The legacy of Frankenstein’s monster collides with the sociopolitical tensions of the present-day United States.
There is something mesmerizing in a retelling that captures the essences of an original property while elevating it to the modern zeitgeist. Victor LaValle’s Destroyer, a graphic novel written in collaboration with illustrator Dietrich Smith, is such a piece.
Following Dr. barker, a brilliant scientist propelled forward by the loss of her son Akai to police violence, Destroyer is an examination of the grief that white supremacy creates, and the turmoil that is in turn born from that grief. It is, when applied, a force to be reckoned with, and when left to fester it is unpredictable and destructive—but rarely is the harm ever truly healed or the source eliminated. Through the lens of Frankenstein, Destroyer unmakes the original Frankenstein mythos and reevaluates it in a way that makes creation stem less from individual hubris and something more akin to desperation. When everything that Dr. Barker loves is dismantled, she takes it in her own hands to rebuild, reclaim, and ultimately repurpose her suffering.
Watching Dr. Barker’s descent into her grief (because I can’t justifiably call her reaction to her son’s death madness) felt almost indecently voyeuristic, which could be a commentary in and of itself about how we treat Black trauma. While Dr. Barker is not a hero, neither is she the villain. She, like so many, are the product of a violent system. And whether or not you agree with how she reacted to that system, it’s hard to say that her reaction was wrong.
The depth of Destroyer is potentially underpinned by the length of the series, which is six issues (or the chapters that make up the full bind up of the graphic novel.) This could have been mitigated by the exclusion of Frankenstein’s original monster ever appearing on page; Dr. Barker’s story and its reflection on anti-Blackness in America certainly could have carried those pages.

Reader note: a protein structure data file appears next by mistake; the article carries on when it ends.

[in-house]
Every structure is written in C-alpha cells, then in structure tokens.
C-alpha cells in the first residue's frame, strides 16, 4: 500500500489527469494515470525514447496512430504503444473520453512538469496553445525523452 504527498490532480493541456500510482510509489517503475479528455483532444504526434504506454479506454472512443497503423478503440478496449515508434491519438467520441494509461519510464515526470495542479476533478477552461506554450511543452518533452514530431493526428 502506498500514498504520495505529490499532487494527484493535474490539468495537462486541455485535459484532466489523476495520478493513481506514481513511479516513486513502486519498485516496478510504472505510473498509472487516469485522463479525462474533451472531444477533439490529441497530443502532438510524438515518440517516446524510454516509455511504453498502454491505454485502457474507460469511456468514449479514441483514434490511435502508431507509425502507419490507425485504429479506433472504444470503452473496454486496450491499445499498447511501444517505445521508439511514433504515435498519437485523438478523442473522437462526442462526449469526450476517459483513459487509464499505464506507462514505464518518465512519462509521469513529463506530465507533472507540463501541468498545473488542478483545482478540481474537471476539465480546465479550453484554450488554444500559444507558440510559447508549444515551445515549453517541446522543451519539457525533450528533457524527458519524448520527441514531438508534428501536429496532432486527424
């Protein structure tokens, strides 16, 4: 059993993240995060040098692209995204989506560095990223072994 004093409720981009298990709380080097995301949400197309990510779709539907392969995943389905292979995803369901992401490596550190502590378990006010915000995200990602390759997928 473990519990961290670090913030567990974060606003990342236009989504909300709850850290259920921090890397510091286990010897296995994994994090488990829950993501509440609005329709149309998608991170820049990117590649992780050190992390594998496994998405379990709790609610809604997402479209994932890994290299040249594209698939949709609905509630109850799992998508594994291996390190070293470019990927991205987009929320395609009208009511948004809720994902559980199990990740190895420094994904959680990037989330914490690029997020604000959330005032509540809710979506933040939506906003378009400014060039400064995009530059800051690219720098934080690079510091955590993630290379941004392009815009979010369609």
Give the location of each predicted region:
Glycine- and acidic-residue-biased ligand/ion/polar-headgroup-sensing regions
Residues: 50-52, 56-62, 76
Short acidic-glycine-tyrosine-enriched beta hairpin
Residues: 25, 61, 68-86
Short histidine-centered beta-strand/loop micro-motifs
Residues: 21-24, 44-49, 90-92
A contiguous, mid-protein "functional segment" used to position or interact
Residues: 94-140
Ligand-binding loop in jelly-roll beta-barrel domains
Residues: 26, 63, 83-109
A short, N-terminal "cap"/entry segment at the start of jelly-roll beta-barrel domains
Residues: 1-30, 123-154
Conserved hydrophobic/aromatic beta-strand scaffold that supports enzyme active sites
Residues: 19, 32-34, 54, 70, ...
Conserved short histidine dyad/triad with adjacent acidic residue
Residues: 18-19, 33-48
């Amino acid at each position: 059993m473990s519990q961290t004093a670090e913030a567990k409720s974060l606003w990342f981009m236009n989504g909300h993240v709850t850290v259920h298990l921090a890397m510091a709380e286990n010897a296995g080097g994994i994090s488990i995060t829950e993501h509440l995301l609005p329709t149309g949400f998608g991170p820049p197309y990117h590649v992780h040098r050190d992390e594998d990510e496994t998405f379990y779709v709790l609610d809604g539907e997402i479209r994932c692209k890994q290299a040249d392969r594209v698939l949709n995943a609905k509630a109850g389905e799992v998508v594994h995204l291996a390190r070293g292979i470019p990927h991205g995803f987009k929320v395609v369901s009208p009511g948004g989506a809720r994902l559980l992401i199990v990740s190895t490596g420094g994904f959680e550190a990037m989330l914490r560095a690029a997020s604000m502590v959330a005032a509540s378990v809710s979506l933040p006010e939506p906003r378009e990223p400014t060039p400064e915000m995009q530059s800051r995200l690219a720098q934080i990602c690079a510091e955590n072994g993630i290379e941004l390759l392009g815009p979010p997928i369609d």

The world is, as always, a tumultuous place. While we escape into books in our downtime, we should always be mindful of what’s going on in our uptime. Nigeria has been going through a multi-decade crisis with SARS, a special police force that abuses its power by terrorizing the people of Nigeria. Being based in America, it’s imperative that we not ignore global police-based injustices, especially ones born from colonialism and imperialism that ours and other governments have been a part of. Below I have links where you can learn more, find information on donations, and additional sources from those living in Nigeria.
End SARS Carrd
Contextual Primer on the Youth-led Anti-Police Movement in Nigeria
Nigerians to Keep up #EndSars Pressure
Young People are Using Social Media to Drive Nationwide Protests Against Police Brutality
End SARS Talk with the Black Prose Book Club and Noria from Chronicles of Noria
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